47 Oxford, MD to Oriental, NC


The lure of the Chesapeake went on hold while we did maintenance and upgrades to Tranquility. We had our fuel filtered to eliminate microbes that had been clogging fuel filters. We added dinghy davits to carry our new larger dinghy. Stainless steel fittings tarnished by constant exposure to salt spray got cleaned. Salt and dirt were cleaned from the decks. Leaky chain plates were resealed. The “ICW moustache” a brown stain on the bow at the waterline from all the tannin in the water was removed. An impressive growth of grass along the waterline was scrubbed off. After 3 days of work, both at the dock and at an anchorage, we were ready to relax.

Latrappe Creek welcomed us back to the cruising life with a spectacular sunset Off in the distance we could hear Canadian Geese calling. Their honking seemed to be saying: South! South! We were eager to join them. The next morning; however, we looked around and decided we had not yet fully enjoyed all the beauty the anchorage had to offer and stayed a second day for a rerun of the scenery, sunset and calling of the geese who seemed to be staying to enjoy the fine summer like weather. For us, it was one of those magical days that are hard to describe, but wonderful to live.

For us, Solomons is a convenient and fun stop on our way down the Bay. We pulled in for now our third visit and found a new place to anchor. The next morning we were up at first light and quietly raised our anchor attempting to leave without waking other boats anchored around us. I was just washing anchor mud from the deck while Ruth moved us quietly through the anchorage when there was a soft bump telling us that Tranquility’s keel was having an intimate relationship with the mud bottom of Back Creek. Hard reverse, then hard forward with the engine wide open did nothing. So much for leaving quietly. We put the dinghy in the water and with the outboard roaring, we pushed Tranquility’s bow off. By this time we were the center of attention of fellow boaters who we managed to wake up. At least we’d been successful in getting ourselves free without help on our first official grounding heading south.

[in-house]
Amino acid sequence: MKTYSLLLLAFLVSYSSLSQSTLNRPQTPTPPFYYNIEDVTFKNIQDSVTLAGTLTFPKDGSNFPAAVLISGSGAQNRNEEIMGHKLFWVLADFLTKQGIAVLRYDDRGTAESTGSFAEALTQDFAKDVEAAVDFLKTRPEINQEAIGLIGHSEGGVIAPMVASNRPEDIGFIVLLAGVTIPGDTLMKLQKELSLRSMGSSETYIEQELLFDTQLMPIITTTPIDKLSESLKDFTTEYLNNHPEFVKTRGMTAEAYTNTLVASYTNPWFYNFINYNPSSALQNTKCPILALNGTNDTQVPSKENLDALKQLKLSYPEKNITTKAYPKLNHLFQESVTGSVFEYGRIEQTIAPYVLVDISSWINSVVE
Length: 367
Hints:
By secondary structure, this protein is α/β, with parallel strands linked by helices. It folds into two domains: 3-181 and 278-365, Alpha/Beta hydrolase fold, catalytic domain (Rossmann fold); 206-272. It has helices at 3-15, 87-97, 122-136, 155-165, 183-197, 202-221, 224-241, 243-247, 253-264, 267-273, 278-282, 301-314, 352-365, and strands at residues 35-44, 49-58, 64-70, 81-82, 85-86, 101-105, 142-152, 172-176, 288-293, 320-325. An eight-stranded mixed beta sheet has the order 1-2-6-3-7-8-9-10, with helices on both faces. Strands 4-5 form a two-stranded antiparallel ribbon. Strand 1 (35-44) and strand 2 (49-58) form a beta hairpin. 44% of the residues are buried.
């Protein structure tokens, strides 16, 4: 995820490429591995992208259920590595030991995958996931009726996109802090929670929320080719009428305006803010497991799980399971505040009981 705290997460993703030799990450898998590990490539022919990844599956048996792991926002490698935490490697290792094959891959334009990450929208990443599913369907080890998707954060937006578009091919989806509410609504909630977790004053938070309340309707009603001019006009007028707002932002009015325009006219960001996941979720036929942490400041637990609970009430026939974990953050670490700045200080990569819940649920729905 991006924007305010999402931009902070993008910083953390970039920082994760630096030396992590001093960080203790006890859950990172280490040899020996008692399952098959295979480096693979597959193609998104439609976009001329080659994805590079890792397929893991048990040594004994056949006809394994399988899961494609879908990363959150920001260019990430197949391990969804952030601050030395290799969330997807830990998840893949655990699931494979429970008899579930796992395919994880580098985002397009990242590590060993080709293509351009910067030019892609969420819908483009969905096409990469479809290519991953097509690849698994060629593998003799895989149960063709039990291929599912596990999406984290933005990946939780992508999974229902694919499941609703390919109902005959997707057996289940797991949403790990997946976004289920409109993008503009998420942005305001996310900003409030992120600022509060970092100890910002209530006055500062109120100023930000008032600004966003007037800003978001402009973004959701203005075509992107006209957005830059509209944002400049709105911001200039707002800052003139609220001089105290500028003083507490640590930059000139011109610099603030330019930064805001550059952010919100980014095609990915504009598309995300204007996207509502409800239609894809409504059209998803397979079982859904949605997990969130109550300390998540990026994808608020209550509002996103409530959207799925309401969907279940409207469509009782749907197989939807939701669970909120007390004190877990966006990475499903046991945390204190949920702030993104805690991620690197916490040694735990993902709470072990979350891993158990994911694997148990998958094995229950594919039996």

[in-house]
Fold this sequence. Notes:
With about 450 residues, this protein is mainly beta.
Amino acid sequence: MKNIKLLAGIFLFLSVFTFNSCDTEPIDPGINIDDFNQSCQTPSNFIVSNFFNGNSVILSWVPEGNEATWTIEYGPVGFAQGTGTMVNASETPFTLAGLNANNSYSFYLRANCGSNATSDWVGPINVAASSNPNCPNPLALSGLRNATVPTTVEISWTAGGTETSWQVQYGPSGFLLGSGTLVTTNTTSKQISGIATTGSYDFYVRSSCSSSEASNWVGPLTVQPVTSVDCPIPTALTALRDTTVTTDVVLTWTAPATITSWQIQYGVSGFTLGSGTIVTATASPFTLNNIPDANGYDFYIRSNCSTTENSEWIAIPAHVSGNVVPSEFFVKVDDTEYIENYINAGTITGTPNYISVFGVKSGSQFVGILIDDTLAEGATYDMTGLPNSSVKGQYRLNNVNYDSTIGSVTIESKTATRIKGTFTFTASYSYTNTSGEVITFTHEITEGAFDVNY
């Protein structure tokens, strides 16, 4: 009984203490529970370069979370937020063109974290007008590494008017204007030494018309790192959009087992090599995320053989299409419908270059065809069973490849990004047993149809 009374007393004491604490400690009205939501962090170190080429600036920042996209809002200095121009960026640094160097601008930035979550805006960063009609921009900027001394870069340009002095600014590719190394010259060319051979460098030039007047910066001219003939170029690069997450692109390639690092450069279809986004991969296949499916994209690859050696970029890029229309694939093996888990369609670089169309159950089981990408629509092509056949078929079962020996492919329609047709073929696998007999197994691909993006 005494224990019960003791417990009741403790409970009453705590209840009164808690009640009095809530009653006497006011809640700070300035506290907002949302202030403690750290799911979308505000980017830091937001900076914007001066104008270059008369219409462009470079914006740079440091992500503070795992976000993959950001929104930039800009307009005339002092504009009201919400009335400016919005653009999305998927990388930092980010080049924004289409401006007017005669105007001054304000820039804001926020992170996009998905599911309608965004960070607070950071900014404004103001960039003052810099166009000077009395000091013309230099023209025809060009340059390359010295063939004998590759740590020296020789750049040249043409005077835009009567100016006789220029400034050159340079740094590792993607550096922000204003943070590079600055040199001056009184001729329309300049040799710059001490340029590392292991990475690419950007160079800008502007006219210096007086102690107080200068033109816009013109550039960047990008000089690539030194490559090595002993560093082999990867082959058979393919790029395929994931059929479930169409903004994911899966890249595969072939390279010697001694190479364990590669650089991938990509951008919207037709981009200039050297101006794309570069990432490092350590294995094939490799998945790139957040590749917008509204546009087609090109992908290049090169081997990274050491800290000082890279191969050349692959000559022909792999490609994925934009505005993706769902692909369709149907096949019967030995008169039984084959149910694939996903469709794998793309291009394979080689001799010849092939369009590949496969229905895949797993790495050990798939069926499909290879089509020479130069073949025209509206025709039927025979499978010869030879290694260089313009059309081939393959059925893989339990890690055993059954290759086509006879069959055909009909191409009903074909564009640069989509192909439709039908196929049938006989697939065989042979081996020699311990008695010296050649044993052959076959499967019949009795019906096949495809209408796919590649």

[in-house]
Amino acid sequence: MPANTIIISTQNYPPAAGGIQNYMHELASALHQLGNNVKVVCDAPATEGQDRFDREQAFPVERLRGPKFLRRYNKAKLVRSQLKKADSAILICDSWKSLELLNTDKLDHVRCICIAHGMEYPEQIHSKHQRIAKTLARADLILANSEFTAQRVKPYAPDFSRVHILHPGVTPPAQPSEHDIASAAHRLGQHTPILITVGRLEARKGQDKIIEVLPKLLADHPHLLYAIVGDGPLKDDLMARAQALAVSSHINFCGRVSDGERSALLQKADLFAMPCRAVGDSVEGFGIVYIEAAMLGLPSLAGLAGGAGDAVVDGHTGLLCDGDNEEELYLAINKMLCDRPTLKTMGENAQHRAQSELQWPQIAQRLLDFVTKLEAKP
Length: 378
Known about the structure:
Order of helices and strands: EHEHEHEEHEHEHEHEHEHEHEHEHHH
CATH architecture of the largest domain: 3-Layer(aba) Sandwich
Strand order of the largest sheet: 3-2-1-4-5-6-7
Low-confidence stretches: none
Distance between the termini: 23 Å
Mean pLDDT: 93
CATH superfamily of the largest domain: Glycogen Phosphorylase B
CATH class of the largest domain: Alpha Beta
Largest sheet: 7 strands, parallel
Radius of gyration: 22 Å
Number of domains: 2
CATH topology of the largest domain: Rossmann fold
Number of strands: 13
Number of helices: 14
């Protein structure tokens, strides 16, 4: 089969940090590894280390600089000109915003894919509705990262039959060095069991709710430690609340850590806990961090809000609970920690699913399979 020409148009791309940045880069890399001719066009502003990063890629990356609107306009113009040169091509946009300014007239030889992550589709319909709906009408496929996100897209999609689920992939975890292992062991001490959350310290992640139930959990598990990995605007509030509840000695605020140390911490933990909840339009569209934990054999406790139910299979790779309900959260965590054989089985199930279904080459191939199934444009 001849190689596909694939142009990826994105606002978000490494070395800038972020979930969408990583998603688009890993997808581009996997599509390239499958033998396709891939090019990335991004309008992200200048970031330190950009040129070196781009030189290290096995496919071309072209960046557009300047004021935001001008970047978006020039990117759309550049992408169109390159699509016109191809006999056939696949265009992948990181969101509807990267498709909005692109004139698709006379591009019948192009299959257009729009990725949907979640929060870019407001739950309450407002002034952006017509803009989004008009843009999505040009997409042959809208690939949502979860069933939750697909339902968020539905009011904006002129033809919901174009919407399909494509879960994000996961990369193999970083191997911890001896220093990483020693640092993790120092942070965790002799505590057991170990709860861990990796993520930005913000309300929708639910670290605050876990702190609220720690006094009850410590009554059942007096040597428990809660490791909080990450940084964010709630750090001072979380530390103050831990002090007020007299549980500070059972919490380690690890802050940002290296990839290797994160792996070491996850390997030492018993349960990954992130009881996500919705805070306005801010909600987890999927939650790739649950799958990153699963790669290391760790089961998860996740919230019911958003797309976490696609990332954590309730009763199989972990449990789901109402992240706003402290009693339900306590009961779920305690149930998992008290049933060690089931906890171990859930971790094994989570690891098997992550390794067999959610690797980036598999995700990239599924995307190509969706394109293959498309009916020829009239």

Poking slowly up Mill Creek we found a spot close to shore where houses snuggled back in the trees were invisible to us. It made a great place to anchor. The closeness of shore and the tall trees sheltered us from the wind we could hear in the tree tops above. The mirror smooth water was disturbed only by fish feeding at the surface. Their small distortions to the smooth watery mirror reflecting the trees with their patches of fall colors provided an abstract feeling of the scene. We stayed for two days, reading, enjoying the beauty of our surroundings and taking an occasional dinghy ride to explore up into the back waters of the creek.

During our stay in Hampton in the spring we ordered new main cabin cushions and a mattress for our berth. After a summer of anticipation, we pulled back into Hampton and took delivery. We are very pleased, splurged and got ultra suede fabric. Very elegant looking. Our new mattress and custom fitted sheets are also a treat.

Hampton was also the start of major expenses to begin converting our stove over from CNG (compressed natural gas) to propane. CNG is the safer fuel, but not very available in the USA and not available at all outside of the USA. For twenty-five cents we rode the trolley out to the malls and more importantly to West Marine. We filled up the back pack and tote bag with the first round of stuff needed to make a safe conversion to propane. Installation will be done while we travel.

We met our first boat from last year in Hampton. Windswept IV, a Canadian boat we last saw in Vero Beach was at anchor. At happy hour we had a grand time swapping notes about adventures and places visited. Later on we heard other boats we knew on the radio and swapped notes with them. Friends of Eriskay, a boat we traveled with last year, stopped to introduce themselves. They’d learned about us from Eriskay this winter. We’ve stopped being amazed at for a cruising community spread out over thousands of miles, at any given time, you seem to find someone you know, or knows you. This is a very close, friendly small town that seems to materialize anywhere there are cruisers.

We loved the Dismal Swamp portion of the ICW when we came back up in the spring. Now familiar with what to expect we relaxed and enjoyed it even more. In places the canal is only 70 feet wide, however branches overhang the water making the canal much narrower. In places, it’s difficult for two boats to pass. For much of the canal we felt like we were traveling down a narrow, flooded woodland path.